• Not only resident

The sanction in the form of recovery of assets in the state’s income may be applied to natural persons or legal entities, including residents who, by their actions, have created a significant threat to the national security, sovereignty, or territorial integrity of Ukraine or contributed (including through financing) to the commission of such actions by other persons.

The term “resident” in the Law “On Sanctions” is used in the meaning provided by another Law of Ukraine — “On the Basic Principles of Forcible Seizure of Objects of Property Rights of the Russian Federation and its Residents.” It defines residents solely as legal entities carrying out their activities in accordance with the legislation of Ukraine on its territory, whose founder (participant, shareholder) or beneficiary is directly or indirectly russia.

Applying the term “resident,” the Verkhovna Rada significantly limits the range of entities whose confiscated assets can be sold, in particular:

  • companies that are not related to russia in terms of their ownership structure, but contributed to the creation of a threat to the national security, sovereignty, or territorial integrity of Ukraine;
  • any natural persons in respect of whom sanctions are applied in the form of recovery of assets into the state’s income.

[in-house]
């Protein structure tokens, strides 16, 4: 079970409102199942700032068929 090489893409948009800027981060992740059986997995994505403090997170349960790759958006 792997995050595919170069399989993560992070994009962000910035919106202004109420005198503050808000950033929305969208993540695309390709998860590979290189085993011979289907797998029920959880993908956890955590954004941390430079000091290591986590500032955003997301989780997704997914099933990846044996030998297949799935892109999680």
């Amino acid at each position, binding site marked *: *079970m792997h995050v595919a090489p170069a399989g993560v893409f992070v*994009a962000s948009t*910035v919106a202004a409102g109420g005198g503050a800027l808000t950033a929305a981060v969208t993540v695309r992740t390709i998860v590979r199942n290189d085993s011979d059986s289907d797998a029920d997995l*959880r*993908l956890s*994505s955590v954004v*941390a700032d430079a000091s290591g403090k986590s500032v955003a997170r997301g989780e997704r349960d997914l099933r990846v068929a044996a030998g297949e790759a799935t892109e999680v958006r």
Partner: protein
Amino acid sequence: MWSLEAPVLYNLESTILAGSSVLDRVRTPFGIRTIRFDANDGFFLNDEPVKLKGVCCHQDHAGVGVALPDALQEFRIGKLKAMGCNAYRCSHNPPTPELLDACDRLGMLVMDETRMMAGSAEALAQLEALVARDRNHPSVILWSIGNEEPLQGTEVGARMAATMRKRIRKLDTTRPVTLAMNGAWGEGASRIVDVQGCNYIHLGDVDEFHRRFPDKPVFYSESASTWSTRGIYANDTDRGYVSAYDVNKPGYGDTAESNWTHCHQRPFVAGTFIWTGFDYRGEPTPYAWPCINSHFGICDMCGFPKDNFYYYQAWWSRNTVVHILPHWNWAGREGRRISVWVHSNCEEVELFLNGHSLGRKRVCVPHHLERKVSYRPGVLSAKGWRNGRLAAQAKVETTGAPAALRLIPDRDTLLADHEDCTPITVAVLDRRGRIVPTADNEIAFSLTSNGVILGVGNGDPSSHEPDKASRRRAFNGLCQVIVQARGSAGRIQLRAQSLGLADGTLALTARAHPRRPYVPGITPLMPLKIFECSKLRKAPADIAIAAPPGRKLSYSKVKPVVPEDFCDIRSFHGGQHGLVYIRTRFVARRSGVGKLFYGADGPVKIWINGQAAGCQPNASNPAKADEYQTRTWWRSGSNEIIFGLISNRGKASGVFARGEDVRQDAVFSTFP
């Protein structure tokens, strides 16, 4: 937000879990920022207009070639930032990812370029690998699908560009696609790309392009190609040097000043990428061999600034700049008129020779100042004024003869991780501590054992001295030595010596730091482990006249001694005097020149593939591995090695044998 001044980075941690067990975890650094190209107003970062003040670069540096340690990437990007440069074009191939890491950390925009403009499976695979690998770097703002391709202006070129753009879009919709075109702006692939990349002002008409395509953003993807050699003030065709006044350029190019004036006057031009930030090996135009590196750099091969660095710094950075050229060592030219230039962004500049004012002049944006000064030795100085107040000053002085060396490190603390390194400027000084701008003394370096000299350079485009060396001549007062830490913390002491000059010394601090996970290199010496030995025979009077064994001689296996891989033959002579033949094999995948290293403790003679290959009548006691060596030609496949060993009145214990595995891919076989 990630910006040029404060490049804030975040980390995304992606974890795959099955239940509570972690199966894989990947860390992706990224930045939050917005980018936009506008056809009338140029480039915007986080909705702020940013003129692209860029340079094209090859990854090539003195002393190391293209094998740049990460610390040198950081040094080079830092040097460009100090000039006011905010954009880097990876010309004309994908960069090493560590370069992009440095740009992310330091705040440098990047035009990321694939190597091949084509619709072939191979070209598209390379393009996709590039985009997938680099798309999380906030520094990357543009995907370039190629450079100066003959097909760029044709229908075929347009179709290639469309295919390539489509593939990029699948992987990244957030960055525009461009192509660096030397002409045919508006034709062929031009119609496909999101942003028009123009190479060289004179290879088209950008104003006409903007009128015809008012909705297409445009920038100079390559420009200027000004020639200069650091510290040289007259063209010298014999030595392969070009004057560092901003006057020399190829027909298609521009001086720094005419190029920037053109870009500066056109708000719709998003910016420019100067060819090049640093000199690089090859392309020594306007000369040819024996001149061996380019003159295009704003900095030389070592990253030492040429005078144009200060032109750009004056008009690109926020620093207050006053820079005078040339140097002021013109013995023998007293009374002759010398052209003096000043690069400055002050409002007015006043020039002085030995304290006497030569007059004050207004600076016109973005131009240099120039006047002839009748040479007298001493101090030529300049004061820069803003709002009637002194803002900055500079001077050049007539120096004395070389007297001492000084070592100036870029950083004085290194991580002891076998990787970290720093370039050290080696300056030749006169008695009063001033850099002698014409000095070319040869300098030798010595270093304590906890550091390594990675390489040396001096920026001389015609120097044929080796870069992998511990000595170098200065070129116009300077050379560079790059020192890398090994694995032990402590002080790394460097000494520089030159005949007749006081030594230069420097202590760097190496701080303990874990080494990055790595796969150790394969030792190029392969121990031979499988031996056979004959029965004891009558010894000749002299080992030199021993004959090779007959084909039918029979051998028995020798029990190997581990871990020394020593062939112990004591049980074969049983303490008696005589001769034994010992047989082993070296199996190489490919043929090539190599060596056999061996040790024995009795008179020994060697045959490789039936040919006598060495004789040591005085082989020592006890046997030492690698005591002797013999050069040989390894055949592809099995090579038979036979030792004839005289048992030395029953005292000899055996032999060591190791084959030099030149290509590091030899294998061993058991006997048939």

According to our information, out of 23 cases of asset recovery, sanctions were applied specifically to natural persons in 21 cases. It is not only about russians, but also about the citizens of Ukraine who contribute to the aggressor. In particular, the HACC has alreadycollected the assets of fugitive President Viktor Yanukovych, Kherson collaborator Saldo, and deputy head of the so-called “Public Chamber of the Donetsk People’s Republic” Kateryna Martyanova, who is also a citizen of Ukraine.

As a result, after the entry into force of amendments to the Law “On Sanctions,” confiscated assets, including such valuable objects as, for example, the Mykolaiv Alumina Plant of Oleg Deripaska (UAH 6.5 bln*), the Demurinsky Mining and Processing Plant (UAH 0.5 bln*) of Mikhail Shelkov and others, will get stuck in the state management without the possibility of further sale. The state already has enough unprofitable assets that it cannot effectively manage.

* value of assets as of 2022 according to YouControl 

It is unknown for certain what justification MPs provided regarding such changes. They might relate to the interest of individual Ukrainian citizens and companies in avoiding the risk of applying sanctions against them and recovering their assets in the future.

But first of all, Ukrainians who faced the consequences of the war will suffer from such legislative activity. After all, the funds received from the sale of confiscated assets are allocated to the Fund for the Elimination of the Consequences of Armed Aggression, at the expense of which the country’s recovery needs are covered. Therefore, the less russian property will be sold, the less destroyed homes, schools, and hospitals we will be able to rebuild.